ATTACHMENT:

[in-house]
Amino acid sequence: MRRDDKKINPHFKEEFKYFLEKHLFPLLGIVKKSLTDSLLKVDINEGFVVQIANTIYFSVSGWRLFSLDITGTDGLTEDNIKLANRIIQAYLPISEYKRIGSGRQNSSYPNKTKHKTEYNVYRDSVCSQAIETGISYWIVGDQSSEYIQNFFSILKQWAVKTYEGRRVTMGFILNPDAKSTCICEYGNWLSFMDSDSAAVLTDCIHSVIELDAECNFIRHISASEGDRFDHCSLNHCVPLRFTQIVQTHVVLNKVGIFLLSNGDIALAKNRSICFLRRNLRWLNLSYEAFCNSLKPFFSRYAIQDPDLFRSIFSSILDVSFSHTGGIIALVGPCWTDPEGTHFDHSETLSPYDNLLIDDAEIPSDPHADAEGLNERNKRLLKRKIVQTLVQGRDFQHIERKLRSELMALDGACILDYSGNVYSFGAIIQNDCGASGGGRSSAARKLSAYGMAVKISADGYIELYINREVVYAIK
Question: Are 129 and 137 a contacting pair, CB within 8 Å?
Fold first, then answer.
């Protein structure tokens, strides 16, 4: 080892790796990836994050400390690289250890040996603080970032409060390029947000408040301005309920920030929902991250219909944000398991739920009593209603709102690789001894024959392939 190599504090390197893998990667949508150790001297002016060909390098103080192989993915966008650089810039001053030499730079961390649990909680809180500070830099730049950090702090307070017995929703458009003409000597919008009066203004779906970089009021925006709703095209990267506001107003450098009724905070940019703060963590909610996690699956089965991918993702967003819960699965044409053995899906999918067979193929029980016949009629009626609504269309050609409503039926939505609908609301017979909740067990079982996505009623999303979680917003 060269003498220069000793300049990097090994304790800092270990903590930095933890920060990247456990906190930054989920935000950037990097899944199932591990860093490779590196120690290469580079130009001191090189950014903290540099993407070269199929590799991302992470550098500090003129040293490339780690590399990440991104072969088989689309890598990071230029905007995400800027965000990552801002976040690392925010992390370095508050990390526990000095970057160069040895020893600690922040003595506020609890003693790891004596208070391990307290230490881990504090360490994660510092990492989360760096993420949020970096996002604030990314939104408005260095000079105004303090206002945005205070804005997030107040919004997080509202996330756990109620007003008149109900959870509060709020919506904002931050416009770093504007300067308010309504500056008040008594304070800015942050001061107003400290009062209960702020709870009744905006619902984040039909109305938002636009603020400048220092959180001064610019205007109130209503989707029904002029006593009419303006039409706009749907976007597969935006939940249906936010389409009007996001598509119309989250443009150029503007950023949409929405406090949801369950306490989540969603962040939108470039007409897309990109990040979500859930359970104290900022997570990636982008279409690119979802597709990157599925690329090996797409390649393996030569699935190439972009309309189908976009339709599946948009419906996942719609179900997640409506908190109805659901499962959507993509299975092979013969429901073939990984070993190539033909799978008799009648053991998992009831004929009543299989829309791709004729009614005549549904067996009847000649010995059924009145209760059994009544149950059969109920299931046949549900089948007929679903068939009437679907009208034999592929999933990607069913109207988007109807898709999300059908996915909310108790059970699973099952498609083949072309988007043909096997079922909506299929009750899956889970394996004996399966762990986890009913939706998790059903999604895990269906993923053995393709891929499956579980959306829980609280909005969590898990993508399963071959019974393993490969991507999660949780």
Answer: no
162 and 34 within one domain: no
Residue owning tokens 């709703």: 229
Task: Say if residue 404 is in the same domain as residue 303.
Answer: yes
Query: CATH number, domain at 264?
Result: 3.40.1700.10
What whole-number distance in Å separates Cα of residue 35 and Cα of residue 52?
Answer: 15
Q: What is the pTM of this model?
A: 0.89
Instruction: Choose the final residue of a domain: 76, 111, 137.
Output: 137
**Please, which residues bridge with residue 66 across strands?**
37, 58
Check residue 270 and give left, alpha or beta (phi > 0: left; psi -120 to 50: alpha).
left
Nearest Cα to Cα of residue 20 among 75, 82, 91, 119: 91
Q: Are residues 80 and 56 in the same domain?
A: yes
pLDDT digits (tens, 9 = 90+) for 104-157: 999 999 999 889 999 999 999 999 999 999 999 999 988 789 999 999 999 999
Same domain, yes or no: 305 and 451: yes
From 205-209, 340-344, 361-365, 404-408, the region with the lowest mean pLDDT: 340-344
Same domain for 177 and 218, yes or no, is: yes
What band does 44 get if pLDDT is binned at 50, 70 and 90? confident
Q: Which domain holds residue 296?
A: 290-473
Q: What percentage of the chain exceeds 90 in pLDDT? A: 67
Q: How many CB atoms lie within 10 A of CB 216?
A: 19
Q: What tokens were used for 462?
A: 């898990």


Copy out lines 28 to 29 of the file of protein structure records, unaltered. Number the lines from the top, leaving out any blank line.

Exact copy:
From 205-209, 340-344, 361-365, 404-408, the region with the lowest mean pLDDT: 340-344
Same domain for 177 and 218, yes or no, is: yes